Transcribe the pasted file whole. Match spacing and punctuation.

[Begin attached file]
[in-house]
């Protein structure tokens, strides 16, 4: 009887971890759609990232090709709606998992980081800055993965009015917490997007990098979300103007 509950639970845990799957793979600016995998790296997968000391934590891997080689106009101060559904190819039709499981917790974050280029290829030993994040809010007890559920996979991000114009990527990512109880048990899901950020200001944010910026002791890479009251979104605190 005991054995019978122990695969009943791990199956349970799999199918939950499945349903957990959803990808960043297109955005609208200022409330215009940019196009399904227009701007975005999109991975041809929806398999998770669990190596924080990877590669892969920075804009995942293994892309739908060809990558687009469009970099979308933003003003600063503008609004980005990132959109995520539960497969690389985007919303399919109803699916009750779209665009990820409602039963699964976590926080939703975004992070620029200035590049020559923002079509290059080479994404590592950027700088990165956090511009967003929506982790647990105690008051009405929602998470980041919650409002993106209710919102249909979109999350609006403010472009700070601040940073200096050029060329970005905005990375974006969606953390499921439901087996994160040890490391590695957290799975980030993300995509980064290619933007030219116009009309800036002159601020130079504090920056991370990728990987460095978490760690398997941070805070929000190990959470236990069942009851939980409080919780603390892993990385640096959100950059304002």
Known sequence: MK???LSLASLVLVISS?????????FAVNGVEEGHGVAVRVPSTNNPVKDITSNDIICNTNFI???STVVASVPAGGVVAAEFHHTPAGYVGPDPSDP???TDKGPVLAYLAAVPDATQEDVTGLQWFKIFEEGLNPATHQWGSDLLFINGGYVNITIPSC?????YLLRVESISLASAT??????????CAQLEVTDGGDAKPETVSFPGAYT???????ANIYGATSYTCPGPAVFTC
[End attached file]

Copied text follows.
[in-house]
């Protein structure tokens, strides 16, 4: 009887971890759609990232090709709606998992980081800055993965009015917490997007990098979300103007 509950639970845990799957793979600016995998790296997968000391934590891997080689106009101060559904190819039709499981917790974050280029290829030993994040809010007890559920996979991000114009990527990512109880048990899901950020200001944010910026002791890479009251979104605190 005991054995019978122990695969009943791990199956349970799999199918939950499945349903957990959803990808960043297109955005609208200022409330215009940019196009399904227009701007975005999109991975041809929806398999998770669990190596924080990877590669892969920075804009995942293994892309739908060809990558687009469009970099979308933003003003600063503008609004980005990132959109995520539960497969690389985007919303399919109803699916009750779209665009990820409602039963699964976590926080939703975004992070620029200035590049020559923002079509290059080479994404590592950027700088990165956090511009967003929506982790647990105690008051009405929602998470980041919650409002993106209710919102249909979109999350609006403010472009700070601040940073200096050029060329970005905005990375974006969606953390499921439901087996994160040890490391590695957290799975980030993300995509980064290619933007030219116009009309800036002159601020130079504090920056991370990728990987460095978490760690398997941070805070929000190990959470236990069942009851939980409080919780603390892993990385640096959100950059304002």
Known sequence: MK???LSLASLVLVISS?????????FAVNGVEEGHGVAVRVPSTNNPVKDITSNDIICNTNFI???STVVASVPAGGVVAAEFHHTPAGYVGPDPSDP???TDKGPVLAYLAAVPDATQEDVTGLQWFKIFEEGLNPATHQWGSDLLFINGGYVNITIPSC?????YLLRVESISLASAT??????????CAQLEVTDGGDAKPETVSFPGAYT???????ANIYGATSYTCPGPAVFTC